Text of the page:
While manufacturing is hardly confined to the Rust Belt and Upper Midwest, many may be surprised to find it thriving in states not typically associated with the industry.
It's no secret that the manufacturing sector has been on the rise for the past several years, nor that it's generally seen by experts as an industry that still has plenty of room to grow.
Progressive governors in a number of state are signaling that minimum wages changes could go into effect sooner than later.
The manufacturing re-growth of the post-recession era has been a boon to many local economies, but many Americans still often think of the sector really only having a foothold in the Rust Belt and Upper Midwest.
The results of the recent election seems to have emboldened lawmakers in a number of states to finally get to work raising their minimum wages, often after years of inaction despite understanding there was an issue with low pay.
Safety - ahead of any other consideration - should be the primary focus of any manufacturing business.
Minimum wages are on the rise for many states nationwide, thanks in large part to growing public acknowledgement that the federal level just isn't enough to reasonably keep people out of poverty.
The Empire State might not be particularly well-known for its manufacturing sector, but it has long upheld a strong industry, especially upstate.
The manufacturing industry is facing a significant skills gap already, and that disparity between available workers and open jobs is only expected to keep growing in the years to come.
While there has been some concern among workers about the ways in which automation would affect them, some industry experts believe that there's little to be worried about.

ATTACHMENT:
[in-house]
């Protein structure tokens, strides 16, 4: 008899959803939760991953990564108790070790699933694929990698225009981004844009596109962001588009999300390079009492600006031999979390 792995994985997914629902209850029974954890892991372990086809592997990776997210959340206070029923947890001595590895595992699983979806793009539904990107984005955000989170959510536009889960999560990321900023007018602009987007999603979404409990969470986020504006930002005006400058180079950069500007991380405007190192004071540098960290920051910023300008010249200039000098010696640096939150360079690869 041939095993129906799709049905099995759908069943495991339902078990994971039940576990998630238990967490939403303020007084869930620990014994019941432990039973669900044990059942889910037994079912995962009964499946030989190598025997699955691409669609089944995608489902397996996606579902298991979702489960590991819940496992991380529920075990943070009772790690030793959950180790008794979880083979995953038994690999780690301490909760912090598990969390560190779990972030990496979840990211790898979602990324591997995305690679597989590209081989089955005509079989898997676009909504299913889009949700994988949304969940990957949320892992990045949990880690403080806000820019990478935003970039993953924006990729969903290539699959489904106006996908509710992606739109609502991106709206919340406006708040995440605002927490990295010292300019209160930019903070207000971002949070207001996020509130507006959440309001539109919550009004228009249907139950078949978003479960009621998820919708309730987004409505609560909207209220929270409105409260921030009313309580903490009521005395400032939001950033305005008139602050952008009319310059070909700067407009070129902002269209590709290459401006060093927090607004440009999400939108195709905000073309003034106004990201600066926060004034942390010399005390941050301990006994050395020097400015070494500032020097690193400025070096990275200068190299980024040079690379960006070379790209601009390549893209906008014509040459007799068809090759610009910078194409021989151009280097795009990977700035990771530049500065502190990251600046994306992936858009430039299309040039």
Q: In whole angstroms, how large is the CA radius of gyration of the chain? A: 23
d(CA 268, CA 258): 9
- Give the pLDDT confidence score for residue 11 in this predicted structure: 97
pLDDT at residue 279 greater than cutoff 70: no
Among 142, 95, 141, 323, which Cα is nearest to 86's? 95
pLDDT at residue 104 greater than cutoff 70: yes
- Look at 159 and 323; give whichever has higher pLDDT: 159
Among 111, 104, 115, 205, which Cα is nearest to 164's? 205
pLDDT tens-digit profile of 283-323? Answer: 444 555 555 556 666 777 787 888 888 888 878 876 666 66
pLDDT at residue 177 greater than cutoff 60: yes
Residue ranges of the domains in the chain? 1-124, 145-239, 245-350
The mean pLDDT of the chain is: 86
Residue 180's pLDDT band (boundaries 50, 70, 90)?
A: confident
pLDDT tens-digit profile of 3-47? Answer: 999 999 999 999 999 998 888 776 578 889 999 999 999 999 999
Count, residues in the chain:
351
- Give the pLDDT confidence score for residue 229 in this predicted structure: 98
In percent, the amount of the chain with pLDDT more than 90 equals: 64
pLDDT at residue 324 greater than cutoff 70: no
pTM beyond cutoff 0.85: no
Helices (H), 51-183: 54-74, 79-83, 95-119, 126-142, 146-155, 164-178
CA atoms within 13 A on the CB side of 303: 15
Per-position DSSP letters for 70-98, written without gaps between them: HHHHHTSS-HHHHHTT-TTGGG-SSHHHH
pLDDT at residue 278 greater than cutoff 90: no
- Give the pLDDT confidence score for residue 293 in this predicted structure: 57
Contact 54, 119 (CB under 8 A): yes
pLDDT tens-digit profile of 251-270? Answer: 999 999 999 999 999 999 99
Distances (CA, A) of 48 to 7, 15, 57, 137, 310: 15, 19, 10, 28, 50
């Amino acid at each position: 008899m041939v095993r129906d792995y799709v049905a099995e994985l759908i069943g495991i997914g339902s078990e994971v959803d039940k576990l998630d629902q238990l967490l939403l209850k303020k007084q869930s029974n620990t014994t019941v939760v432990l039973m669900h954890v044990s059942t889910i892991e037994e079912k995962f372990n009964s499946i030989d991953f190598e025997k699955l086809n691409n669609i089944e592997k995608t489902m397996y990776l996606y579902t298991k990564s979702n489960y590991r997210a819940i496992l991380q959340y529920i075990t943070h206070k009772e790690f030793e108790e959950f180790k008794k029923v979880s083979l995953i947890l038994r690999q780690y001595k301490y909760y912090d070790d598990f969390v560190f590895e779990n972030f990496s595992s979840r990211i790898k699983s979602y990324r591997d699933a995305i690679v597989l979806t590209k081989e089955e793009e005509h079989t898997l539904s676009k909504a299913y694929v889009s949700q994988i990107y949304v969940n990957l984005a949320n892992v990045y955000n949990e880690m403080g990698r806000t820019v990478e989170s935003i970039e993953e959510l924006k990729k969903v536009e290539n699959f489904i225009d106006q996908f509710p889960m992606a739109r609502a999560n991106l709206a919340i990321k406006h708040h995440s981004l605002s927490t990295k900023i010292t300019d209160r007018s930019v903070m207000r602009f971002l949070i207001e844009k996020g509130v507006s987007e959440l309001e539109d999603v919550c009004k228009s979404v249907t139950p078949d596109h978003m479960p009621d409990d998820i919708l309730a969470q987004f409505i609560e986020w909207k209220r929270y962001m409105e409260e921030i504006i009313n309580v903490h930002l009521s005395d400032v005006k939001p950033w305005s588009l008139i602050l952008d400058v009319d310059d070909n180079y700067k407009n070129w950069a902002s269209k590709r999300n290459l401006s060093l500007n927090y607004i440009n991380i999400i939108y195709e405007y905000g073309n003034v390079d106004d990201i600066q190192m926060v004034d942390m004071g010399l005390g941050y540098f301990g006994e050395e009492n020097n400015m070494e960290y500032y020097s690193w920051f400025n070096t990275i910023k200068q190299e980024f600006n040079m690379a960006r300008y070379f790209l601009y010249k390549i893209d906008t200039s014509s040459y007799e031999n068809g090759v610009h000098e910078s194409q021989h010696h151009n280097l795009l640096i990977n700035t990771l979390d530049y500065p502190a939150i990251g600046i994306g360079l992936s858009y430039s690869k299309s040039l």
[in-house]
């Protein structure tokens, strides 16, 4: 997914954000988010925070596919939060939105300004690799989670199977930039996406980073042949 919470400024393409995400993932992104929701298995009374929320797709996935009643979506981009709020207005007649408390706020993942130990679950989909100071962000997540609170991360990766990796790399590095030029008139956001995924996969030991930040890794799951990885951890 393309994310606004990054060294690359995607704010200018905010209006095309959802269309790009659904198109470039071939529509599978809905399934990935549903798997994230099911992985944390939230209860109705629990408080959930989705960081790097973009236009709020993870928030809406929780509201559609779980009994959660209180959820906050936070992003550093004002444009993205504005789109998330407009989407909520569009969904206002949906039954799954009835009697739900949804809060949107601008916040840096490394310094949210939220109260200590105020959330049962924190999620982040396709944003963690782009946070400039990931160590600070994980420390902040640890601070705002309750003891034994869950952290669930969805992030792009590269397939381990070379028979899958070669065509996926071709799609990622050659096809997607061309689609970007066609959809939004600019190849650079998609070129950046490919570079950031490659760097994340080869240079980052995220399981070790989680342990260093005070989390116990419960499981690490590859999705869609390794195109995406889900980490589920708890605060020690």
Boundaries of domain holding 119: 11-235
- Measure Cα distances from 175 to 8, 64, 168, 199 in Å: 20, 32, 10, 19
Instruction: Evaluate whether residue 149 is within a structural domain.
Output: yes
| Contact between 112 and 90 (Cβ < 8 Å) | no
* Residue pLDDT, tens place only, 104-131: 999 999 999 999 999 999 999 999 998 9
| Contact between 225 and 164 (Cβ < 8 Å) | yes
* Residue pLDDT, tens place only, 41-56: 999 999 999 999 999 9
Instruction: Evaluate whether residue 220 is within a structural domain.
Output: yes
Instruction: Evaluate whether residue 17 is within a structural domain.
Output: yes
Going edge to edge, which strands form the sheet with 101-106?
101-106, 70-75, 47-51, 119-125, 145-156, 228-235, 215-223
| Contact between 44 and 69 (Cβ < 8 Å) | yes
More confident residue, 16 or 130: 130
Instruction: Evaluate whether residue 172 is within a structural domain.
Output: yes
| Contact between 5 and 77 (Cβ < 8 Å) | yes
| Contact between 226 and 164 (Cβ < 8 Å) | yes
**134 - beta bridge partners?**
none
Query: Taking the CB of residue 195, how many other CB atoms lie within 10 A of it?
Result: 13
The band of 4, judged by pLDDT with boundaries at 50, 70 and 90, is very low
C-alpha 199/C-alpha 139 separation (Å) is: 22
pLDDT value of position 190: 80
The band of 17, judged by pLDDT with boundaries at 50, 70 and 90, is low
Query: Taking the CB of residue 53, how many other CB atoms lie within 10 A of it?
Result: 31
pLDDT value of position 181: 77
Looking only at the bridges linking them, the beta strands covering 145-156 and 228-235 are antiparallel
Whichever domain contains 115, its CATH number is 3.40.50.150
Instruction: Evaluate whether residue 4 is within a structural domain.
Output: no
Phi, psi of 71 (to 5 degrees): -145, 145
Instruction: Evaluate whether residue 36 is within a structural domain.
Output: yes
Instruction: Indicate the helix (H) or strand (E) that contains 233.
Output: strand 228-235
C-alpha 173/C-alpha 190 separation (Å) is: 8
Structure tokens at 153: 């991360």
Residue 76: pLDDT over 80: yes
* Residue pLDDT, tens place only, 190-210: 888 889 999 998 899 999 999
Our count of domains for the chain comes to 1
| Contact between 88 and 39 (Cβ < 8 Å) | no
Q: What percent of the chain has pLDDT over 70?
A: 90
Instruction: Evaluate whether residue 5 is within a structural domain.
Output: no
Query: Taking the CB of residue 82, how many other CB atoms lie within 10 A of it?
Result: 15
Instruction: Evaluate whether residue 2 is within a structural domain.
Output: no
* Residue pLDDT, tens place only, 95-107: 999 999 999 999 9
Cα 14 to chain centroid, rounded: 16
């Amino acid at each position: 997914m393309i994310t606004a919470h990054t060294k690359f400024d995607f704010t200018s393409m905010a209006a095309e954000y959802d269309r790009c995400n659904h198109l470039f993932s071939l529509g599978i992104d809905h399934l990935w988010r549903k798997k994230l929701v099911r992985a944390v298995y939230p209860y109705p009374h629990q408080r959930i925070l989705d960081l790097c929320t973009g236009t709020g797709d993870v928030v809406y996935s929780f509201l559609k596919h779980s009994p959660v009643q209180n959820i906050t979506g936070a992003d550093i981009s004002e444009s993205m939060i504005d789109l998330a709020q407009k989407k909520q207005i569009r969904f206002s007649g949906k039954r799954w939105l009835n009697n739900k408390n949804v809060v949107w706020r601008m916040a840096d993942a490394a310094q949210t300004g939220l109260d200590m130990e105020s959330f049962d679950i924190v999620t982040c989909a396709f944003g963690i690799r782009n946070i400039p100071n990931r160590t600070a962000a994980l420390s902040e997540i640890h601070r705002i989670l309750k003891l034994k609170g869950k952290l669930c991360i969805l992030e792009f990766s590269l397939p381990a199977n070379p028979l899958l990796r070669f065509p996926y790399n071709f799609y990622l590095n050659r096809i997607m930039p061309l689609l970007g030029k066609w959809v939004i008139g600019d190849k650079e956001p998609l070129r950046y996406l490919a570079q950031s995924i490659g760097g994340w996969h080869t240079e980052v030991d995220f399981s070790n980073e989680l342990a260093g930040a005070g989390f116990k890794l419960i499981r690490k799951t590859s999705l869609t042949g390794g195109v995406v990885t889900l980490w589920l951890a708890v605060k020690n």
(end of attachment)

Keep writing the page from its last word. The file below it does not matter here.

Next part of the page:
When manufacturers look at the current labor landscape, they see some serious issues filling the number of open positions they already have.
Across the U.S., the manufacturing recovery has been robust, to an extent that not even some of the more optimistic experts might have predicted during the recession.
There are still plenty of skeptics as to whether a higher minimum wage is good for the economy as a whole, or just low-paid workers, which would leave business owners potentially in the lurch.
Over the past several years, the American manufacturing sector has taken a lot of big steps forward in terms of job creation and output, and now experts largely see these trends as being likely to continue for some time to come.
While a number of major new factory efforts have grabbed headlines across the U.S. over the past year, they are often not the lifeblood of the nation's manufacturing sector.
While many states in the U.S. have seen significant recovery for their manufacturing industries over the past several years, the fact is that those improvements are often not as strong as they could have been.
With so many cities and states now considering or having already passed minimum wage increases, the number of places where the debate over doing the same is getting a bit bigger all the time.
There are many dangers inherent to workers in just about any manufacturing facility, and this is often accepted as a fact of life in the industry.
Across the country, more cities and states are starting to consider how they can best achieve the goal of raising salaries for their lowest-paid workers without significantly disrupting business interests.
One of the biggest issues for companies in a number of industries is that it's not always easy for them to attract top talent when they have job openings.